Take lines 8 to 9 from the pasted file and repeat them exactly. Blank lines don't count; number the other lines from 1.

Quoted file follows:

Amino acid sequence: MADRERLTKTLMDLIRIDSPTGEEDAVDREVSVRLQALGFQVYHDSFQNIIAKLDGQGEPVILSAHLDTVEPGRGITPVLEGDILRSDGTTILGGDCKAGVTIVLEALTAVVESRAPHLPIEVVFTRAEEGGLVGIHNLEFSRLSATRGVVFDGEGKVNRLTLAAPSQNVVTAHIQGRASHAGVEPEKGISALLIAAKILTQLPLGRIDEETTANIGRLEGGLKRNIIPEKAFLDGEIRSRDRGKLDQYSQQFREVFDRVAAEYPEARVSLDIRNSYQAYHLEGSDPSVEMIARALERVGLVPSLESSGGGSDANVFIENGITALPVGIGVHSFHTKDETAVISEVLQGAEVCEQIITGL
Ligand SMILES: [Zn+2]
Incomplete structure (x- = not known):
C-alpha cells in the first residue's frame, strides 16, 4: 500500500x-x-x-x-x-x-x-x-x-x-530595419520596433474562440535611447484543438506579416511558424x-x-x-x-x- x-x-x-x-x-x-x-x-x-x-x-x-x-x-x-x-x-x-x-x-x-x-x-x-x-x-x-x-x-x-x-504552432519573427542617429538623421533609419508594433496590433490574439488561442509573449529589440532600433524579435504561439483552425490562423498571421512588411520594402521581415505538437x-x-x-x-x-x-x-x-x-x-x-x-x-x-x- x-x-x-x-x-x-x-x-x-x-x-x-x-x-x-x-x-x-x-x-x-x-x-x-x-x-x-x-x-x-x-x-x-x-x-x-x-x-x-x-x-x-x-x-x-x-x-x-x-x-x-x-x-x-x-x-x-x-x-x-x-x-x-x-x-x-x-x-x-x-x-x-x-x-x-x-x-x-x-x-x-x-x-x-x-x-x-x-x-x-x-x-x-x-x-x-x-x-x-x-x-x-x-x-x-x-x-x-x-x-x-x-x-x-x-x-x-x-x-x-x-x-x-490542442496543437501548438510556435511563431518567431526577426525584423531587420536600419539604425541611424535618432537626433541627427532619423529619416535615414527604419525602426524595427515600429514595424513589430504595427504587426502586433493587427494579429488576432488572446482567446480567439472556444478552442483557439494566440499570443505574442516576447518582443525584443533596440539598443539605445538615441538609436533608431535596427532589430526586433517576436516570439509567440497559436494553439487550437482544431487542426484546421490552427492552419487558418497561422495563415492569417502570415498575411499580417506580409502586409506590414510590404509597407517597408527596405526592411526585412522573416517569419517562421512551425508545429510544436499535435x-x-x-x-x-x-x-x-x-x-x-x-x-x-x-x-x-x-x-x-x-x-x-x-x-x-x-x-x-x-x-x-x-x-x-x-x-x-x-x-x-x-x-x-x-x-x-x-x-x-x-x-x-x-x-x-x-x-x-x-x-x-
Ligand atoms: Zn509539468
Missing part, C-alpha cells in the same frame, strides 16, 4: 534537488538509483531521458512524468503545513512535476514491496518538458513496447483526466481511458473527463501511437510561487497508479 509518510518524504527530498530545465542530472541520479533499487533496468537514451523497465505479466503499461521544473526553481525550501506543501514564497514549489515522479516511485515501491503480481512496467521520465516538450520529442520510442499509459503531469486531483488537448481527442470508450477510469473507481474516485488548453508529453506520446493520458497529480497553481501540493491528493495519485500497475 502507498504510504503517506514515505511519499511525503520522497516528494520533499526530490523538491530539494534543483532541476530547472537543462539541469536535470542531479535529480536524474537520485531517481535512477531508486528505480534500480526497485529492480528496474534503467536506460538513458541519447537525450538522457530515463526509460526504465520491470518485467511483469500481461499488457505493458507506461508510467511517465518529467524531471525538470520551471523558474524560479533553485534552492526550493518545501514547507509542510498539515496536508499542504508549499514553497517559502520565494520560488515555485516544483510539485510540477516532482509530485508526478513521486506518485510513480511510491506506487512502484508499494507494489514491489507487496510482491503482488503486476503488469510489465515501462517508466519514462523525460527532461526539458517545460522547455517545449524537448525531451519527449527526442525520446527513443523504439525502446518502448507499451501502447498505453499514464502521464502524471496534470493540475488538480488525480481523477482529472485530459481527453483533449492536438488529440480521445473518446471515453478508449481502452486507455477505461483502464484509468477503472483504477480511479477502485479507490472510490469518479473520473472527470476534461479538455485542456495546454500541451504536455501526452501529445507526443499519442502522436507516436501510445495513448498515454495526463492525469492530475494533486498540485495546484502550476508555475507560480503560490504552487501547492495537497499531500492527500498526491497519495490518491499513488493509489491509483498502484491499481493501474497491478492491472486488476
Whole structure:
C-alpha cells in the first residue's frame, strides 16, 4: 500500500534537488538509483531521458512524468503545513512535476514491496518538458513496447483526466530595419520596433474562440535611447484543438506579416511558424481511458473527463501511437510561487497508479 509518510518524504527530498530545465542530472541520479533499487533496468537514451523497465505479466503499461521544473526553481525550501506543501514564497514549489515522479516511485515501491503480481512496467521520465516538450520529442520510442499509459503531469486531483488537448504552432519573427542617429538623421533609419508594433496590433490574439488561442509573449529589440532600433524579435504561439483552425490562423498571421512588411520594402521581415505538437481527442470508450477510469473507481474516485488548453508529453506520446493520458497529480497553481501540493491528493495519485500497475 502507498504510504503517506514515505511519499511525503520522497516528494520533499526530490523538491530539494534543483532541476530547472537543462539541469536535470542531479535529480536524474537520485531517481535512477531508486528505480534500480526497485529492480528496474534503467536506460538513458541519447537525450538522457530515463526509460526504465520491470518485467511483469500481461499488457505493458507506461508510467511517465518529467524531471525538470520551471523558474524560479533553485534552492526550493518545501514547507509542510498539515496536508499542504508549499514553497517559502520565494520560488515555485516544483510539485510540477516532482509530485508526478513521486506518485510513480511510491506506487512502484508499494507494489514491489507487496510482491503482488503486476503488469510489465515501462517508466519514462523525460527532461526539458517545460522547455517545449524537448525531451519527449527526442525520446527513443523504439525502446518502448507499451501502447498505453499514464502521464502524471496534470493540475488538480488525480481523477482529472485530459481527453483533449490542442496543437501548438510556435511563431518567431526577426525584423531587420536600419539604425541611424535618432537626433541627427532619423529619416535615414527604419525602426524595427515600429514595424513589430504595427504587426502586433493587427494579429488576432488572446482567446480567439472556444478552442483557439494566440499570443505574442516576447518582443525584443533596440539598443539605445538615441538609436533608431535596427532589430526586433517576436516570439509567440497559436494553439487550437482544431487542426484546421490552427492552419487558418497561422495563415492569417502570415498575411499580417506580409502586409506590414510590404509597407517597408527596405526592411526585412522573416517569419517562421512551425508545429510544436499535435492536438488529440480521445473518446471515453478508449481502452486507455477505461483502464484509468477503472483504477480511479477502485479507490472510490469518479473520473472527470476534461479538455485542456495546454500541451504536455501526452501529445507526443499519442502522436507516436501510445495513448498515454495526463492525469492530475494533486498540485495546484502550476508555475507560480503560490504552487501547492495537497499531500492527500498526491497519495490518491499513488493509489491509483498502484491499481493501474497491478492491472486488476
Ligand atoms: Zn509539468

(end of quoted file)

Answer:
C-alpha cells in the first residue's frame, strides 16, 4: 500500500534537488538509483531521458512524468503545513512535476514491496518538458513496447483526466530595419520596433474562440535611447484543438506579416511558424481511458473527463501511437510561487497508479 509518510518524504527530498530545465542530472541520479533499487533496468537514451523497465505479466503499461521544473526553481525550501506543501514564497514549489515522479516511485515501491503480481512496467521520465516538450520529442520510442499509459503531469486531483488537448504552432519573427542617429538623421533609419508594433496590433490574439488561442509573449529589440532600433524579435504561439483552425490562423498571421512588411520594402521581415505538437481527442470508450477510469473507481474516485488548453508529453506520446493520458497529480497553481501540493491528493495519485500497475 502507498504510504503517506514515505511519499511525503520522497516528494520533499526530490523538491530539494534543483532541476530547472537543462539541469536535470542531479535529480536524474537520485531517481535512477531508486528505480534500480526497485529492480528496474534503467536506460538513458541519447537525450538522457530515463526509460526504465520491470518485467511483469500481461499488457505493458507506461508510467511517465518529467524531471525538470520551471523558474524560479533553485534552492526550493518545501514547507509542510498539515496536508499542504508549499514553497517559502520565494520560488515555485516544483510539485510540477516532482509530485508526478513521486506518485510513480511510491506506487512502484508499494507494489514491489507487496510482491503482488503486476503488469510489465515501462517508466519514462523525460527532461526539458517545460522547455517545449524537448525531451519527449527526442525520446527513443523504439525502446518502448507499451501502447498505453499514464502521464502524471496534470493540475488538480488525480481523477482529472485530459481527453483533449490542442496543437501548438510556435511563431518567431526577426525584423531587420536600419539604425541611424535618432537626433541627427532619423529619416535615414527604419525602426524595427515600429514595424513589430504595427504587426502586433493587427494579429488576432488572446482567446480567439472556444478552442483557439494566440499570443505574442516576447518582443525584443533596440539598443539605445538615441538609436533608431535596427532589430526586433517576436516570439509567440497559436494553439487550437482544431487542426484546421490552427492552419487558418497561422495563415492569417502570415498575411499580417506580409502586409506590414510590404509597407517597408527596405526592411526585412522573416517569419517562421512551425508545429510544436499535435492536438488529440480521445473518446471515453478508449481502452486507455477505461483502464484509468477503472483504477480511479477502485479507490472510490469518479473520473472527470476534461479538455485542456495546454500541451504536455501526452501529445507526443499519442502522436507516436501510445495513448498515454495526463492525469492530475494533486498540485495546484502550476508555475507560480503560490504552487501547492495537497499531500492527500498526491497519495490518491499513488493509489491509483498502484491499481493501474497491478492491472486488476
Ligand atoms: Zn509539468